1. The Proposition 65 Lawsuit on Behalf of the General Public

On June 21, 2001 Consumer Cause, Inc. filed this lawsuit on behalf of itself and the general public against Whole Foods Market California, Inc. (Whole Foods), alleging violations of the Safe Drinking Water and Toxic Enforcement Act of 1986 (Health & Saf.Code, § 25249.5 et seq.), commonly known as Proposition 65.   Consumer Cause alleged that Whole Foods had violated Proposition 65 by selling firewood and certain progesterone creams without the clear consumer warning labels that must be displayed on products that contain detectable amounts of chemicals known to cause cancer or birth defects.3  The complaint, filed pursuant to California's unfair competition law (Bus. & Prof.Code, § 17200 et seq.), sought an injunction, restitution and attorney fees.4  Whole Foods denied all allegations of liability and filed a cross-complaint for equitable contribution, indemnity and declaratory relief against Old Durham Wood, Inc. and Kokoro, LLC, the manufacturers of the products at issue.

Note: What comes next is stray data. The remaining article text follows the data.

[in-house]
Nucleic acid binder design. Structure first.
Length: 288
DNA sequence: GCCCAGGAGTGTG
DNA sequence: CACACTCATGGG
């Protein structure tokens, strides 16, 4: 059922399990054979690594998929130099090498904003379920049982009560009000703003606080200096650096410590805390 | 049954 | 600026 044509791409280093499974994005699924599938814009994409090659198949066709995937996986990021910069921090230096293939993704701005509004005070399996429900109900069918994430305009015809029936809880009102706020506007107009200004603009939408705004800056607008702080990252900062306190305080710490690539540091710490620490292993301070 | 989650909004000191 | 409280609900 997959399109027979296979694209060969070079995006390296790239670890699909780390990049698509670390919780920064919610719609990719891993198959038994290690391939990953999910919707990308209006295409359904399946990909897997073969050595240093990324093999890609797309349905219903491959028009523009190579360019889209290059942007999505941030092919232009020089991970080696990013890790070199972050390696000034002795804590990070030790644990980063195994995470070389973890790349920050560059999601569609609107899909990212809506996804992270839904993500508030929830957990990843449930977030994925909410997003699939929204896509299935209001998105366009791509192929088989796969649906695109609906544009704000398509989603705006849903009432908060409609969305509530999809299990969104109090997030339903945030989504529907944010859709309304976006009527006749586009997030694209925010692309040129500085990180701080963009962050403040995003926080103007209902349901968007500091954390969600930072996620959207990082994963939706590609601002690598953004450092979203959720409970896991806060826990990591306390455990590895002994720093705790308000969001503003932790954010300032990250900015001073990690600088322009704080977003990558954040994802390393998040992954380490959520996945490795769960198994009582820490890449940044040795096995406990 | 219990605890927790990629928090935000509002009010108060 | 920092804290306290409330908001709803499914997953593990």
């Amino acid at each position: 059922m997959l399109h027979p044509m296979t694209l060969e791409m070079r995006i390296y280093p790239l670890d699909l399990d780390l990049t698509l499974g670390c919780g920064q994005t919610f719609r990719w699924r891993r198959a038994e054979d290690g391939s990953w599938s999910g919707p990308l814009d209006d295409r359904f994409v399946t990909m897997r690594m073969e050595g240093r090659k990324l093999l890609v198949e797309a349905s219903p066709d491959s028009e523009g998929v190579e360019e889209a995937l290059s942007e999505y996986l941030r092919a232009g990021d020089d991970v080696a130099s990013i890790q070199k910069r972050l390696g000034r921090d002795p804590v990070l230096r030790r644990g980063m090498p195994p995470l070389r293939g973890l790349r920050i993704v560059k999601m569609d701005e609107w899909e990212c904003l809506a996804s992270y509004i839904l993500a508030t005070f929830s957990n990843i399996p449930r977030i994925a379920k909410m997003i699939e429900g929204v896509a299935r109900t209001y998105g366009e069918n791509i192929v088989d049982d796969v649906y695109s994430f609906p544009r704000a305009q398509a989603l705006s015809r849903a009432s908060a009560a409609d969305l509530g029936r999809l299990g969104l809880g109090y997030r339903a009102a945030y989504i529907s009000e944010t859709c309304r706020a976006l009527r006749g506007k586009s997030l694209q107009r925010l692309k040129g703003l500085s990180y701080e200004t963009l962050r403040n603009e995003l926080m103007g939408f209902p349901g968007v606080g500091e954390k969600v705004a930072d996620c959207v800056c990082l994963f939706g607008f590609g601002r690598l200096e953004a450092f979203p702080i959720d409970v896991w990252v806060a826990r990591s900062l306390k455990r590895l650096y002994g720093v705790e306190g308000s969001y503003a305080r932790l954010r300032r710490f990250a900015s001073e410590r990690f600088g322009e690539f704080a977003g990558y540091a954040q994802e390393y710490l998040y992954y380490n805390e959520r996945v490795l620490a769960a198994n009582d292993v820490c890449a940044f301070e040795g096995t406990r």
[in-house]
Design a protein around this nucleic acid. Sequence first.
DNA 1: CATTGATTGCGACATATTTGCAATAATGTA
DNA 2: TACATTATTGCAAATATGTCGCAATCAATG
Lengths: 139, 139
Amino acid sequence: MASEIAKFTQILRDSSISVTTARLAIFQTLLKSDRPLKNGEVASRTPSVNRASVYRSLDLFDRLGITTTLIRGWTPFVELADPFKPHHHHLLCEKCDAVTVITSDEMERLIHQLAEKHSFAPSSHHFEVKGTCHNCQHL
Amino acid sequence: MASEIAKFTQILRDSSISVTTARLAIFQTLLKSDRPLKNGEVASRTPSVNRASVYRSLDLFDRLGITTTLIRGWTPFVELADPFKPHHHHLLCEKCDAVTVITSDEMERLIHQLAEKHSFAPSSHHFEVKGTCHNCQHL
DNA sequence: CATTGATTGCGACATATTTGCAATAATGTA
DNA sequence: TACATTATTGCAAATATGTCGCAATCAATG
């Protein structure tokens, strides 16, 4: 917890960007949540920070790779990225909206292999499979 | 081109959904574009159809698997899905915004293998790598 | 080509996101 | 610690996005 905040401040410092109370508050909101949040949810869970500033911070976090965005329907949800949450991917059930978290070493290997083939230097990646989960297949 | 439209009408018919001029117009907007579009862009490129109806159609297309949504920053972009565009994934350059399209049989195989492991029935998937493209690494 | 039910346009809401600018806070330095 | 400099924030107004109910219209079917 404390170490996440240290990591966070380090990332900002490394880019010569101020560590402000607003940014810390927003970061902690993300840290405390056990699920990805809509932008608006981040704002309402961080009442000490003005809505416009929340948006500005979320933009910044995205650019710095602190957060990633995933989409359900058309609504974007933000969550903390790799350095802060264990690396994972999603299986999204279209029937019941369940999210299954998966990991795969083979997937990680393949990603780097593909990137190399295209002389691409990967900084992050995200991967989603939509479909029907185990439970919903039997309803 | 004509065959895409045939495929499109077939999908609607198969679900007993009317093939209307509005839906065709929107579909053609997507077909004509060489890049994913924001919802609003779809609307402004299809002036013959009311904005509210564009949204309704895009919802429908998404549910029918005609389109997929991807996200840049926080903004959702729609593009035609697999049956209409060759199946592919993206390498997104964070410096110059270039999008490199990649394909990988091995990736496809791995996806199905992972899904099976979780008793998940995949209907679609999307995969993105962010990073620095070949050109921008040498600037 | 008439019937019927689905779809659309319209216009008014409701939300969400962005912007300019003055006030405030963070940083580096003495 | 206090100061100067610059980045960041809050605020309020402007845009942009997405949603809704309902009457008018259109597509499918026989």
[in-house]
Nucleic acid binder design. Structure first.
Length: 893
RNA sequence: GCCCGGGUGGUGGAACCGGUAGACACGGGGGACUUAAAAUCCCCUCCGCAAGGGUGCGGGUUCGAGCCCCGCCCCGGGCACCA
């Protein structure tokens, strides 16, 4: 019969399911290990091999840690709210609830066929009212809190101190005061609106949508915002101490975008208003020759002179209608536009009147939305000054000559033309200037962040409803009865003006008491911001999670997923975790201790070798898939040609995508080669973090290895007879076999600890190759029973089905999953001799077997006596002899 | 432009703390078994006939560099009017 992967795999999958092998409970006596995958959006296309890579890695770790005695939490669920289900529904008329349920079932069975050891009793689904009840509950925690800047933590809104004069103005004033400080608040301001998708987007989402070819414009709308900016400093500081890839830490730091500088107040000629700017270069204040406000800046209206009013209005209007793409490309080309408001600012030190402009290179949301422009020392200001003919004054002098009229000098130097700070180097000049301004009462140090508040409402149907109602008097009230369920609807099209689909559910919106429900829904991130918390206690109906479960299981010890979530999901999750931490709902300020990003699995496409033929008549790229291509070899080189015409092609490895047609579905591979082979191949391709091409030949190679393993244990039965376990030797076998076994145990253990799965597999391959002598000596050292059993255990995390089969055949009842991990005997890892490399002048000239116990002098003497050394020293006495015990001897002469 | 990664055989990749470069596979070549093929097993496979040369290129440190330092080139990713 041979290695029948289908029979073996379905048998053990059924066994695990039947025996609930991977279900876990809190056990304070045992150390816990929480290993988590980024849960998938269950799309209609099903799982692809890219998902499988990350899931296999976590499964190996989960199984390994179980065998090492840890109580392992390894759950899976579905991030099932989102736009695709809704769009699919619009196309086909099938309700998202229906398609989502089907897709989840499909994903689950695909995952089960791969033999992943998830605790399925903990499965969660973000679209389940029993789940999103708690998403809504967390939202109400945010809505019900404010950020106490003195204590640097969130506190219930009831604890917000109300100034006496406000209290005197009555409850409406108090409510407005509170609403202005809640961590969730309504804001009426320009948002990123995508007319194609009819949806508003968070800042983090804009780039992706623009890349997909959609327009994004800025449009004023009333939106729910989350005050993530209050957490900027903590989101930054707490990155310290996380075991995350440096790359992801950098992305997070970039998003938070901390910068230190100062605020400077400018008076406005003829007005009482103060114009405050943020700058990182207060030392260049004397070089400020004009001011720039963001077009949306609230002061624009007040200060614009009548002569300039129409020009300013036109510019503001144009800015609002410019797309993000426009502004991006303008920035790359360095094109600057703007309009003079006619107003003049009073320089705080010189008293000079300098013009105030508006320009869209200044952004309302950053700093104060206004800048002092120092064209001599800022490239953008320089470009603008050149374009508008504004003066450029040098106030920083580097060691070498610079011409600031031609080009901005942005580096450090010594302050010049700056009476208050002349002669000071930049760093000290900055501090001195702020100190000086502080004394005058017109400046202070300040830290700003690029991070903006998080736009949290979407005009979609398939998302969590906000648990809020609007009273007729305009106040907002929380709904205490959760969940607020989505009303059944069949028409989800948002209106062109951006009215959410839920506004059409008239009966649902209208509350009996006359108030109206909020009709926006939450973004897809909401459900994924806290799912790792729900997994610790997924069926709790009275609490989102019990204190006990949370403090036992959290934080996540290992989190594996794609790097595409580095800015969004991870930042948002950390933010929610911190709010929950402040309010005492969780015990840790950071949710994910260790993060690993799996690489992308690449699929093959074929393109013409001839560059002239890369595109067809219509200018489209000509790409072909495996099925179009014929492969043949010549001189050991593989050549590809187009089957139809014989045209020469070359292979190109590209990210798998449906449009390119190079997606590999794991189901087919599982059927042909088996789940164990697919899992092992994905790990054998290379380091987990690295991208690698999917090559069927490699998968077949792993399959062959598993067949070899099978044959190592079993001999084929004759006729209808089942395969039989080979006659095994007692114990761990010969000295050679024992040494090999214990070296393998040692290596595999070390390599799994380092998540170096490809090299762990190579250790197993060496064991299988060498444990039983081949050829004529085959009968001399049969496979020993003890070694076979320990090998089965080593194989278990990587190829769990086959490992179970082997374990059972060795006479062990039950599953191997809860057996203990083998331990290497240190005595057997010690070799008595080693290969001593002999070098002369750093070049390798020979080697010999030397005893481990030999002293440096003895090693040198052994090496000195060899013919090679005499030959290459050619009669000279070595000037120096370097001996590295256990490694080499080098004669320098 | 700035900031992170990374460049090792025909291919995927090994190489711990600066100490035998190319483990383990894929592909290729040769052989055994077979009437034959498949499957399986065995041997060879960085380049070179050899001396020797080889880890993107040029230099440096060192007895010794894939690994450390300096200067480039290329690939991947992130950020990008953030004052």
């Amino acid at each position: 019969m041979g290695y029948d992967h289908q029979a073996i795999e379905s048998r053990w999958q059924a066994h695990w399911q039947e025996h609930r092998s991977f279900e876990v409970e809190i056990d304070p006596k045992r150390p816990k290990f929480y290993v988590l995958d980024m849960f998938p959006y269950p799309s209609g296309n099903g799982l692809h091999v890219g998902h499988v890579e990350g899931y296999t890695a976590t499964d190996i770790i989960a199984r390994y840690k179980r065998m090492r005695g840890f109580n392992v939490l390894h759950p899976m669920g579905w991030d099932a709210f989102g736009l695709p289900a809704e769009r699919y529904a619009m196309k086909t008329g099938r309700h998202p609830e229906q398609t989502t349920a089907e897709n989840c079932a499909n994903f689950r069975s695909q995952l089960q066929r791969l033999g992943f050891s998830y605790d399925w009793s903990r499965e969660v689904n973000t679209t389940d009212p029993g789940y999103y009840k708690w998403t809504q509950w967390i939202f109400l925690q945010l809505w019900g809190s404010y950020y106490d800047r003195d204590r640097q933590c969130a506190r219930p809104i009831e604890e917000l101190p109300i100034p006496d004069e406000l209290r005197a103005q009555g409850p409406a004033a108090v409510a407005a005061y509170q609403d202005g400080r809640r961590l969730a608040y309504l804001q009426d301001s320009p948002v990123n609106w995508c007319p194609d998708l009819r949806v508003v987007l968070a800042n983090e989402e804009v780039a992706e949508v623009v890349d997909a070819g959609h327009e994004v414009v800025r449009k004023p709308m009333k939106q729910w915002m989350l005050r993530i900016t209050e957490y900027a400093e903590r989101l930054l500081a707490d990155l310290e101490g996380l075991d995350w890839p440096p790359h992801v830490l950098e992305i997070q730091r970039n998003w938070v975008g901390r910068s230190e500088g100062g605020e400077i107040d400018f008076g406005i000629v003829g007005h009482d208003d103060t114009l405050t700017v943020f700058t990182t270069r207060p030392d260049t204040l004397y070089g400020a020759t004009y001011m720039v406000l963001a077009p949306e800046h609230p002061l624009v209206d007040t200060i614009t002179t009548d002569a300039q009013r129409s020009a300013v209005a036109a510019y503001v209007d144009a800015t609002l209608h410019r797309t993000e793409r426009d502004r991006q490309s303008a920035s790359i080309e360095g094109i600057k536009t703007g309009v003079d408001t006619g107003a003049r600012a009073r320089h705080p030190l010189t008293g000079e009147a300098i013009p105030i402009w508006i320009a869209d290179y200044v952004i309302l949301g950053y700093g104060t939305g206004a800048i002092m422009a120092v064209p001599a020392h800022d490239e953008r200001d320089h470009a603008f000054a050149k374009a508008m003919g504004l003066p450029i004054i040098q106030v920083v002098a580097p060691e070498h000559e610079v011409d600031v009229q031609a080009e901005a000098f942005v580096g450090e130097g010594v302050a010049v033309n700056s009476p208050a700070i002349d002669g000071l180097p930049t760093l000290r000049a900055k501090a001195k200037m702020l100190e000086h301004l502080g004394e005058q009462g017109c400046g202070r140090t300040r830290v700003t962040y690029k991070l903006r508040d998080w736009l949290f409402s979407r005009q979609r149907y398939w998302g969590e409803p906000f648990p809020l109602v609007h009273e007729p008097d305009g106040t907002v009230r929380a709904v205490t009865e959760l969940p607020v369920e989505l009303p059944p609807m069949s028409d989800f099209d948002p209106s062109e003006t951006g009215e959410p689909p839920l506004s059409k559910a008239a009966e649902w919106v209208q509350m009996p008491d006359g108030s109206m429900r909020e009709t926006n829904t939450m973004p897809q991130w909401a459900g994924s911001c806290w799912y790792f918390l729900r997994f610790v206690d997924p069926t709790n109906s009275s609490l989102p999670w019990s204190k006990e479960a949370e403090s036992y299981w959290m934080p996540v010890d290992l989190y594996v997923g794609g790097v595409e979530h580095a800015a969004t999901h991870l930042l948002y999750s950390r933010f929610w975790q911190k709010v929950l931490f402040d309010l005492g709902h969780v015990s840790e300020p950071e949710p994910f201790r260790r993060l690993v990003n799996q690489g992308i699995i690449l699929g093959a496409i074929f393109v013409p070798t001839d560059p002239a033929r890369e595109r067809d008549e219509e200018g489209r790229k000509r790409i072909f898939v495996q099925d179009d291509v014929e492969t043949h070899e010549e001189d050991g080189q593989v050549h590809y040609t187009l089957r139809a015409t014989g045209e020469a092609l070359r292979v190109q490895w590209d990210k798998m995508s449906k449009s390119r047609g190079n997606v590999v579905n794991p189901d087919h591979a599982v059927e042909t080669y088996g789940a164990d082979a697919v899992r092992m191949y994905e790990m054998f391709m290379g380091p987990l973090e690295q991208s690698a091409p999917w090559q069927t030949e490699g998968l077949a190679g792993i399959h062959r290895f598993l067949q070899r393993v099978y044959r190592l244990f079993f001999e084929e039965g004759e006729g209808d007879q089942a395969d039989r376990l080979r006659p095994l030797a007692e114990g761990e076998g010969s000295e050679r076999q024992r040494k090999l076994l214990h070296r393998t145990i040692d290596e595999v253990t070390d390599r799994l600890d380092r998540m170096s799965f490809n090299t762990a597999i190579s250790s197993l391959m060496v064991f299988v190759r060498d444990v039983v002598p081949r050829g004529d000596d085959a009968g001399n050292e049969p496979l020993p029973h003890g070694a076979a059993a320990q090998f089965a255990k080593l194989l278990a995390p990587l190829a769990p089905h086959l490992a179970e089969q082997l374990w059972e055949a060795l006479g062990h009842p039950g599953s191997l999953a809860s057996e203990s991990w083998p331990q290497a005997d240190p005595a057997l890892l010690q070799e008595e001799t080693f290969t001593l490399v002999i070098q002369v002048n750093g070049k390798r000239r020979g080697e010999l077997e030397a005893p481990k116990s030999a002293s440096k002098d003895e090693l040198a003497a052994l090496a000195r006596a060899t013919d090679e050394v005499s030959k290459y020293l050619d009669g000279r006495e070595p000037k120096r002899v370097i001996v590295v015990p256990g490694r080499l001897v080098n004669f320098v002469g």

2. The Proposed Classwide Settlement

After a successful mediation Whole Foods, Old Durham, Kokoro and Consumer Cause agreed to settle the lawsuit.   Consumer Cause would seek  leave to amend its complaint to allege it was pursuing claims on behalf of all persons similarly situated, in addition to being brought by Consumer Cause in a representative capacity on behalf of the general public.   Whole Foods and Old Durham acknowledged they had made adjustments to the marketing and display of products to satisfy Consumer Cause.   Kokoro was recognized as exempt from the requirements of Proposition 65, and Common Cause agreed that Whole Foods and Old Durham were currently in compliance with all Health and Safety Code requirements.   Counsel for Consumer Cause was to be paid $15,500 in attorney fees.   In return, Consumer Cause and all class members who did not opt-out of the settlement would generally release, in the “broadest possible” terms, all claims against Whole Foods, Old Durham and Kokoro for Health and Safety Code violations.